Take for example,the entry on Lunar Effect which I blogged about yesterday.  There is not an overwhelming amount of activity (190 edits) compared to an entry on something like Barack Obama (16,000+).  Regardless, you can see that a single user has provided 47.9% of the edits and see that person’s entries.  You can also link to that user’s page and see ehat else they have been editing.  It helps you as a reader assess the bias that may have crept in.  In this case, the user has identified himself in a profile and contributed to a variety of subjects.  In this particular article he has contributed specific content and cited sources as well as made typographic edits of other submissions.  I have no reason tobelieve any bias from this user other than he wants to get the facts right.  Of course this is just my opinion.  You should always do your own research before deciding.

source: MIT Technology Review

Side note:  You can get hours of fun and frustration looking over the edit history of a Wiki entry for a topic that brings all the nuts out like 911 Conspiracy Theories.

It’s a full moon today and I saw an article that I wanted to pass along.  I’ve blogged about moon phases before, but I fear that this story will never go away as long as there are people on the earth and a moon in the sky above.

SciAm.com today posted a short article discussing the “Lunar Effect” and asks “Does a full moon really trigger strange behavior?”  Too lazy to go read it?  I’ll cut to the chase for you: ABSOLUTELY NOT.

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Every year in America, the Holiday Season is fraught with Separation of Church and State battles across our great land as secular and civil rights groups challenge public displays of religion such as nativity scenes on government property.  This year, a different battle is being waged on the airwaves and in the press regarding a display at the Washington State Capitial.  The Freedom From Religion Foundation got permission to display a placard next to a nativity scene and holiday tree.  This blog post is not about that, per se, but rather about a statement made by everybody’s favorite right wing pronosticator, Bill O’Reilly.   One of his recent rants included a statement that our “country was founded on Judeo-Christian traditions”.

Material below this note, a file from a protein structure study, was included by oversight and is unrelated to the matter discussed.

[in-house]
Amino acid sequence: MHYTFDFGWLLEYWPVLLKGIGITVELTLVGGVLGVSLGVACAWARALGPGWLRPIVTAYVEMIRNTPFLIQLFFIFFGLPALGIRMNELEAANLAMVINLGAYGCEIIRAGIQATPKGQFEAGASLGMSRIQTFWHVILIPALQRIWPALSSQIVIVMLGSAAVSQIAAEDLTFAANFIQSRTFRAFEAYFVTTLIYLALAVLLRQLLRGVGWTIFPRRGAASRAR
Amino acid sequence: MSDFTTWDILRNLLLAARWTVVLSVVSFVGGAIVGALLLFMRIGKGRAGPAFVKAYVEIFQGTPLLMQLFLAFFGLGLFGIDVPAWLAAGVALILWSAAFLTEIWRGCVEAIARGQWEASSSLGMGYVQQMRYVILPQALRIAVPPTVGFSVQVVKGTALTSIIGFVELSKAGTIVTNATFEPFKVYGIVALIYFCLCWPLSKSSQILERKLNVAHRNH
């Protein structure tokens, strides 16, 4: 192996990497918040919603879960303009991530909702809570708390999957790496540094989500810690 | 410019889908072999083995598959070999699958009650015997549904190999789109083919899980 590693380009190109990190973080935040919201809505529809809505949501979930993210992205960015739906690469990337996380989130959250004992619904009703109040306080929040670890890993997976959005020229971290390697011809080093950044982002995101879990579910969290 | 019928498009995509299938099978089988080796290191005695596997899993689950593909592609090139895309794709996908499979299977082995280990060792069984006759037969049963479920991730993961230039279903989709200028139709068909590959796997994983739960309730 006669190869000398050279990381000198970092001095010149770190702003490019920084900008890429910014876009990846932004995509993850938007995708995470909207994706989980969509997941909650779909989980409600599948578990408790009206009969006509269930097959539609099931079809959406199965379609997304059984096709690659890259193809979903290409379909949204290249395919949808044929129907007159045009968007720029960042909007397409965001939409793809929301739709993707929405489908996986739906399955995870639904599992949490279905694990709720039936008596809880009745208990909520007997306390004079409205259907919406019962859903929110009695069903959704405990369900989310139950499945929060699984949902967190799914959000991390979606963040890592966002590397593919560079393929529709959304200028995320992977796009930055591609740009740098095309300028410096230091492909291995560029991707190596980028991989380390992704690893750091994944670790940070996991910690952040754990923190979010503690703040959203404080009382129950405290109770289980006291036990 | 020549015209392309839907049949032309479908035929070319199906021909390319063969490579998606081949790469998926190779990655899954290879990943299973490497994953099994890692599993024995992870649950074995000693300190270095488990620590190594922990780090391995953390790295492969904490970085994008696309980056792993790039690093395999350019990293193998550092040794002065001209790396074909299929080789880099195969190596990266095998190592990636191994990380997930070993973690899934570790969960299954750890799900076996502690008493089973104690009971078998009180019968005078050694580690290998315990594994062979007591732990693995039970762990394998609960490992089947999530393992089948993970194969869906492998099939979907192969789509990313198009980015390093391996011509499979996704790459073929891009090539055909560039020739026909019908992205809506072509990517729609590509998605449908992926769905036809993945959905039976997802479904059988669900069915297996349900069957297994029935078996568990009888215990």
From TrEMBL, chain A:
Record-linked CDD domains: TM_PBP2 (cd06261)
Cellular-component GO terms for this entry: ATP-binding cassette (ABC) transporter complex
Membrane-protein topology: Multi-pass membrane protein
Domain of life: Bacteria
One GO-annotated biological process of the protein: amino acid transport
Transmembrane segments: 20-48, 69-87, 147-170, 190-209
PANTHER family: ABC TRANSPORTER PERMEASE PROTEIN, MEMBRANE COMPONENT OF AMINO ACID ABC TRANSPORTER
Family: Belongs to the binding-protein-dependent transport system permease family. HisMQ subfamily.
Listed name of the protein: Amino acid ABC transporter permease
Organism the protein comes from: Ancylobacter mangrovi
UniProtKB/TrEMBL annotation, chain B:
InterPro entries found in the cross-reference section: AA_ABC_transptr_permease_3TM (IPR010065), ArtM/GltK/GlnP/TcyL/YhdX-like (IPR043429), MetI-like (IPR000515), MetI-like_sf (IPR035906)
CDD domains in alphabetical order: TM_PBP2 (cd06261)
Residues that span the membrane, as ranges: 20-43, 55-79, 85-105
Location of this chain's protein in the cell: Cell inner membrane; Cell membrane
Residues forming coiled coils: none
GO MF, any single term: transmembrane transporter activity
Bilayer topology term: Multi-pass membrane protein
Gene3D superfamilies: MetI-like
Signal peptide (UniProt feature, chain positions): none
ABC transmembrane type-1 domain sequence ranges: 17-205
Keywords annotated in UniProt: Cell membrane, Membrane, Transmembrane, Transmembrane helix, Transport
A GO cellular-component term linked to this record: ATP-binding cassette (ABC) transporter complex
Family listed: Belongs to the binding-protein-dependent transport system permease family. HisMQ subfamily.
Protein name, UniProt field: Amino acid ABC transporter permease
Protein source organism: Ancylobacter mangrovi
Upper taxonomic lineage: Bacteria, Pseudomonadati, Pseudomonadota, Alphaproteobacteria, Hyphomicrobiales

My first thought was: “Really Bill?  Really?  Judeo-Christian traditions like slavery?”  Both the Old and New Testaments sanction slavery and we all know that it was certainly a tradition supported by the Founding Fathers.

After that, I wondered just how many Judeo traditions the founding fathers practiced.  I don’t remember reading that Thomas Jefferson observed the Sabbath or that George Washington stopped campaigning in the war during Yom Kippur.  Christian traditions, sure, but not Judeo-Christian traditions.

So where did this concept of Judeo-Christian tradition come from?  According to Wikipedia, the term Judeo-Christian didn’t even exist in the language until the late 19th century.  In the 1920’s and 30’s, civil rights groups were using the term to battle antisemitism by people who believed that the US was a Protistant country.  It wasn’t until much later in the latter part of the 20th century that the term became widely used in the way that Billo is using it now.